He Came from the Swamp: The William Grefé Collection [Blu-ray] Region Free
4 discs. 12 hours and 16 minutes. Color. 7 films (1966-1977) and a brand-new documentary (THEY CAME FROM THE SWAMP-THE FILMS OF WILLIAM GREFE produced by Ballyhoo Motion Pictures) plus lots of extras.
William Grefe does not have the cult following that a lot of independent filmmakers have. Indeed, my knowledge of him was limited to two of his earliest horror films and little else.
This collection from Arrow is a great correction to that for me and other film buffs. In the set are 7 of the director’s works, along with another brilliant full-length documentary by Ballyhoo Motion Pictures on the Grefé’s career.
Seven of his works from the beginning and the end of his career are not included, probably due to rights issues, or perhaps if this set is popular enough, that there will be a second collection?
Drive-in movie theatres have been around since around 1915, but officially began with the first dedicated site for that purpose in Camden, NJ in 1933. In the 1940s, after the way, cars became more of an American way of life, and drive ins began to truly take off. At the same time, the Paramount Act in 1948 caused studios to divest themselves of theatres in a landmark antitrust suit.
This opened the doors for many independents in the 1950s to begin producing films to supply drive ins, as those theatres were looked upon as secondary markets or at least the destination for a film that had run its course financially prior.
American Releasing Corp (which morphed into the more familiar American International Pictures) was one of those that benefitted, aiming for the newly mobile teenage audiences that made drive ins profitable.
Independents would deal with local sub distributors who would handle territories that the country had been broken into. Some of these sub distributors would even make their own ultra-low budget films like the Texas-lensed THE GIANT GILA MONSTER and THE KILLER SHREWS (McLendon-Radio Pictures Distributing Company, both 1959).
In the 1960’s, more maverick filmmakers started to shoot their low budget films around the country, many of them working in Florida. Among the first was H.G. Lewis and his BLOOD FEAST (Box Office Spectaculars, 1963).
Another was William Grefé. A Florida native, he began making films in 1963 as well for the local drive- in film circuit. Two racing films (THE CHECKERED FLAG, Motion Picture Investors ,1963 and RACING FEVER, A.A.,1964, the second of which was built around an actual horrible boat accident caught by an amateur photographer) came and went. His third film (and the first in this collection) was a horror film set within the Everglades.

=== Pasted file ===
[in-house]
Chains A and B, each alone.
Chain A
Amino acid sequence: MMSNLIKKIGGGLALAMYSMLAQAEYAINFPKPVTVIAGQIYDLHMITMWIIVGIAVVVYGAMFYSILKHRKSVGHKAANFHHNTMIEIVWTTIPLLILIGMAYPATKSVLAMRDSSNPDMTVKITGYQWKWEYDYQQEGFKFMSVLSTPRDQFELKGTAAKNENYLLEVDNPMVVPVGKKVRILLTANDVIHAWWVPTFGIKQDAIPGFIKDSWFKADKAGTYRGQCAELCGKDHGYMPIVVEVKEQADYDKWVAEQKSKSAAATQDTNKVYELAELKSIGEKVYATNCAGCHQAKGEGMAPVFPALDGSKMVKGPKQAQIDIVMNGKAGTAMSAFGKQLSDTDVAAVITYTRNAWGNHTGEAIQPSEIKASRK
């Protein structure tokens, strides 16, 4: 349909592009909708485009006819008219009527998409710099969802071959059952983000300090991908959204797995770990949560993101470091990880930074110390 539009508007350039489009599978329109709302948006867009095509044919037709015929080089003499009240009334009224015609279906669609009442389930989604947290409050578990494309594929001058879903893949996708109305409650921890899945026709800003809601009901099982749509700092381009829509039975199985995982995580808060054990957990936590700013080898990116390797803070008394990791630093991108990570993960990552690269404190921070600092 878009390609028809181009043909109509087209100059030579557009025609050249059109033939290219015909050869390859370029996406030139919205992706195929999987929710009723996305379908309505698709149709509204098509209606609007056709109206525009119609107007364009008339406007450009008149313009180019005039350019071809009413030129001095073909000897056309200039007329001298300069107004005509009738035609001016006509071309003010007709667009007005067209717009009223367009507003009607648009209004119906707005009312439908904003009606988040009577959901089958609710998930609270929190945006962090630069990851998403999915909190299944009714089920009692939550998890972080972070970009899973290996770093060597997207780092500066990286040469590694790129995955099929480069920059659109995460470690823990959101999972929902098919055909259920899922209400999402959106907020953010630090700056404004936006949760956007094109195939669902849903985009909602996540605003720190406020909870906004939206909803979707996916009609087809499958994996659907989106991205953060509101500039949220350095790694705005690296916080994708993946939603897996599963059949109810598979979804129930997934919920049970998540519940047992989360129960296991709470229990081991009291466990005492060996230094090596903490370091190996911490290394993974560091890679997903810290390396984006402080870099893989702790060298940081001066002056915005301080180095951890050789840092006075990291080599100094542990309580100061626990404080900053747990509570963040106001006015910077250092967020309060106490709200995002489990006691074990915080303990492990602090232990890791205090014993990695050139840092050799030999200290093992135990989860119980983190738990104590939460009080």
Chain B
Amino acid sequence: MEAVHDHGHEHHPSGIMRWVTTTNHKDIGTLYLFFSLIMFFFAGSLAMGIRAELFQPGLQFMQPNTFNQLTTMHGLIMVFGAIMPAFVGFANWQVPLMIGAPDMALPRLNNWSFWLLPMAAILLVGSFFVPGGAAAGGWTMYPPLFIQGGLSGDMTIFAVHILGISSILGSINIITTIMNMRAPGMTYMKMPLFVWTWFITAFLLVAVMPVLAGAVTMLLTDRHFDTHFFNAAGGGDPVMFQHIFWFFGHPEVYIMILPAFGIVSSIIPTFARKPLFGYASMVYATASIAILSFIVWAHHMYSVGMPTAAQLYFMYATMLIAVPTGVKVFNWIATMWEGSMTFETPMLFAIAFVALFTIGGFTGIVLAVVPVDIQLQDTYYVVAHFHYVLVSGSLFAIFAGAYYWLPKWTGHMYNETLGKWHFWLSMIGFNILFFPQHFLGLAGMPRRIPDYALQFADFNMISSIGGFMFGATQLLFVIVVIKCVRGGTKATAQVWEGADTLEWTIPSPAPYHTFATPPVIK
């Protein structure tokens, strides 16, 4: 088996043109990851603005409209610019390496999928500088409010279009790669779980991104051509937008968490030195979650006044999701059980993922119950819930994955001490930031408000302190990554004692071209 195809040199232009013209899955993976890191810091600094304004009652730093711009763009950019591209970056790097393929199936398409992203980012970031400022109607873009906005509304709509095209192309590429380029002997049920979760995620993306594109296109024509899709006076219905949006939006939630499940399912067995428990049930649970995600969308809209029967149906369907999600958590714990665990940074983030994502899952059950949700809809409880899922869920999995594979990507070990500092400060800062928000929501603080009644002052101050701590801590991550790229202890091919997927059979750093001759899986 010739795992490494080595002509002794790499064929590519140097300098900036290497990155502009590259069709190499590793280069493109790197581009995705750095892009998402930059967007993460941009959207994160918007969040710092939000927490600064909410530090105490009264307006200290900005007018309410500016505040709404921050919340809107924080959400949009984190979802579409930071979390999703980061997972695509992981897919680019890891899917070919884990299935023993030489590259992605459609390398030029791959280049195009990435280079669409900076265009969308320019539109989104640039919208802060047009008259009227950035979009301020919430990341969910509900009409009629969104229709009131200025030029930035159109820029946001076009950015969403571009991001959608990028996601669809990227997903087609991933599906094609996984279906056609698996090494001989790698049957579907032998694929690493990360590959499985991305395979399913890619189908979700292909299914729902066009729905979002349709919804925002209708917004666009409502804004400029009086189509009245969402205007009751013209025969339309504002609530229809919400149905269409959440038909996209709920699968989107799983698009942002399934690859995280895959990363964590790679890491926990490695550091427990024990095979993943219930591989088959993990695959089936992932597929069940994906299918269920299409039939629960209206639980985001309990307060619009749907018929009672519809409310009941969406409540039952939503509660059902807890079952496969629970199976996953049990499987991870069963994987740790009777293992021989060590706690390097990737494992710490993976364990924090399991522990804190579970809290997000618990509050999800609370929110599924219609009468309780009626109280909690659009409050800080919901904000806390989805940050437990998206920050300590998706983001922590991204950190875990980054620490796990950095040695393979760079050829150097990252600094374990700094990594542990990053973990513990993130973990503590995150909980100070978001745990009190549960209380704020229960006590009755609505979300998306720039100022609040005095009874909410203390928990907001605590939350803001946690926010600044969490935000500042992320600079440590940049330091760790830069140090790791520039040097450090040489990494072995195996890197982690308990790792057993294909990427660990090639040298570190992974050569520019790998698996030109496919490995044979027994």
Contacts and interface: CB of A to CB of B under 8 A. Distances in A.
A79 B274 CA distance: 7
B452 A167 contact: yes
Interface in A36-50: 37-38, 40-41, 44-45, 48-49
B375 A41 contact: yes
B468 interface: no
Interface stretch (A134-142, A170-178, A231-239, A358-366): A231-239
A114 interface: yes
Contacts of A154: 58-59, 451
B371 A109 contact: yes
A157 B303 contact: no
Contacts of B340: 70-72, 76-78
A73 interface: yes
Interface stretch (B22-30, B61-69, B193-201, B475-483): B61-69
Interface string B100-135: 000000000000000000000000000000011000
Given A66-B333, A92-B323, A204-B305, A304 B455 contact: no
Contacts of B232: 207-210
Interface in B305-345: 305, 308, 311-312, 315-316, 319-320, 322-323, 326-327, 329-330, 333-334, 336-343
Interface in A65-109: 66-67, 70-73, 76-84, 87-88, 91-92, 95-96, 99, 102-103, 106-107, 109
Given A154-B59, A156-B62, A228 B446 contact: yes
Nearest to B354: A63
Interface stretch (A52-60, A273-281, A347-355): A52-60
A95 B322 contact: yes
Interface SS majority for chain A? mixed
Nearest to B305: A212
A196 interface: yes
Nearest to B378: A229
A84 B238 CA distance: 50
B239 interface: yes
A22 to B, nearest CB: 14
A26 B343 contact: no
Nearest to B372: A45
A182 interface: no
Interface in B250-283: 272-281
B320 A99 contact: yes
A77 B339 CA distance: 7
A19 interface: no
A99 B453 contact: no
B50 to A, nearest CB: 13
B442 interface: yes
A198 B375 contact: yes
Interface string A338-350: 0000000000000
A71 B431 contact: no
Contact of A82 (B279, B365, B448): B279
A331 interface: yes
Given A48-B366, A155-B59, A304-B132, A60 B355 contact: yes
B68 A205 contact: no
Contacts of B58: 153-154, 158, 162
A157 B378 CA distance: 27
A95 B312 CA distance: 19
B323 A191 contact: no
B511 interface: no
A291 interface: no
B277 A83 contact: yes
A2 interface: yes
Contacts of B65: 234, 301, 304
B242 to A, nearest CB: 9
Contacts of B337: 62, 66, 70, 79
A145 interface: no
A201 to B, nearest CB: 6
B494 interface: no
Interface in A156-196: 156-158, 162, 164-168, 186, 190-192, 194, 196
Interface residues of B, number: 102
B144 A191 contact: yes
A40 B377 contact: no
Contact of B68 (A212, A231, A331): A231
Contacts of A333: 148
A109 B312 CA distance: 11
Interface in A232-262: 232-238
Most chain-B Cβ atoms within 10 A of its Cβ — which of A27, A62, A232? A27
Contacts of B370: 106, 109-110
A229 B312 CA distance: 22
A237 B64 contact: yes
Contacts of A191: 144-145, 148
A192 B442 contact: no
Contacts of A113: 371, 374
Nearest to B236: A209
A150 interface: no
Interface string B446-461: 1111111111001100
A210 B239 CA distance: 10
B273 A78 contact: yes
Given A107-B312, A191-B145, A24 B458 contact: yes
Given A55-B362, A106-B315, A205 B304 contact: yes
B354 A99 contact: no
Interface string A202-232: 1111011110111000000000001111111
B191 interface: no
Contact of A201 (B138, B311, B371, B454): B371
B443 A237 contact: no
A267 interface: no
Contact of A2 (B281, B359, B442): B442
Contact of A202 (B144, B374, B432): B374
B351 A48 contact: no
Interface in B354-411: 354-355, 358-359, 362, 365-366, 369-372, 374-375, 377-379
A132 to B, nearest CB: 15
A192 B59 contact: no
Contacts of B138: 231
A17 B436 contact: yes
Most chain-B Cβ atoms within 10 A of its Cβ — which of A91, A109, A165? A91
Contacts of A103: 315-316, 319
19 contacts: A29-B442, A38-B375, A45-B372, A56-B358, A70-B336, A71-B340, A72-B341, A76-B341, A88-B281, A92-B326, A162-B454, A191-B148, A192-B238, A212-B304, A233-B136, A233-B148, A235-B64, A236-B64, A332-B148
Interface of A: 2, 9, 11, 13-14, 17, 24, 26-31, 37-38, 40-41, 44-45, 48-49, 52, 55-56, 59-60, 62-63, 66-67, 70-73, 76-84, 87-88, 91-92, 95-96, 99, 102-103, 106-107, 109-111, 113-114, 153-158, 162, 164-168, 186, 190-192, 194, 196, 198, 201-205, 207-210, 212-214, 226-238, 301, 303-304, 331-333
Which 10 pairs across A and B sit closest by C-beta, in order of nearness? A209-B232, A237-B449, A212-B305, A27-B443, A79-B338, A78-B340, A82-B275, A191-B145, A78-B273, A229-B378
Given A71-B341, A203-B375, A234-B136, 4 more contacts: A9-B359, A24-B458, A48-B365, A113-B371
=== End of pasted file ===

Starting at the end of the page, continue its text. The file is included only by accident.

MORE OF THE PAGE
Disc One of this Arrow Blu Ray collection has STING OF DEATH and DEATH CURSE OF TARTU.
STING OF DEATH (Thunderbird,1966)) was an ultra-low budget color (all Grefé’s films were in color, except for THE DEVIL’S SISTER, Thunderbird ,1966) that was intended for the drive-in market. For couples looking for an excuse to make out in the privacy of their cars, this film was a good reason to do so. A humanoid/ jellyfish hybrid (poor Bill Hobart, in a diving outfit slightly altered and a plastic bag over his head which in one scene almost caused him to suffocate to death!) is out killing people in Florida. A group of young people (including Deana Lund, prior to her stint on tv’s LAND OF THE GIANTS, Fox ,1968-70) draw the attention of Egon (John Vella), who is the evil genius who has a machine attached to an actual Portuguese Man of War that allows him to transform into the creature that is killing everyone. Oddly, the film seemed to inspire ZAAT (Clark, 1971) , another Florida lensed man into mutant aquatic monster hybrid film .
Needing a second feature, Grefé wrote a quick script, got a team together, and filmed his co-feature in a week.
DEATH CURSE OF TARTU (Thunderbird ,1966) was an ultra-low budget color (all Grefé’s films were in color, except for THE DEVIL’S SISTER, Thunderbird ,1966) horror film that got a decent release upon the drive-in circuits, as well as some spots on late night movie channels in syndication. I recall first seeing a black and White picture of Tartu (Bill Hobart, who designed his own makeup, and became one of Grefé’s stock company behind and in front of the camera.) in an early issue of FAMOUS MONSTERS and becoming intrigued by it.
An explorer (Brad Grinter, later to direct Veronica Lake’s sad swan song FLESH FEAST, Viking,1970 & the bizarre killer turkey flick BLOOD FREAK, Sampson ,1972) uncovers a crypt wherein he is confronted by Tartu and killed. A short time later, Sam (Frank Weed, who also handled all the exotic animals that appeared in Grefe’s films) and a group including a Professor, his wife and their students exploring old Indian sites soon are the next to become involved with the Death Curse.
Tartu can transform himself and pops up as various swamp creatures to pick of various members of the party, including a shark (!) before the final showdown. Grefé claimed that he dashed the script out very quickly and it shows. Lots of long passages of nature shots where nothing happens, followed by some brief dialogue then back to padding before something happens for a few seconds. Still, the film had a long life, as director Frank Henenlotter recalled it still playing in the 42nd Street Grindhouses as late as 1976, but how much of receipts reached Grefé is unknown. Actress Mayra Gomez moved to Spain, where she became a bit of staple of Spanish tv in the 1970s.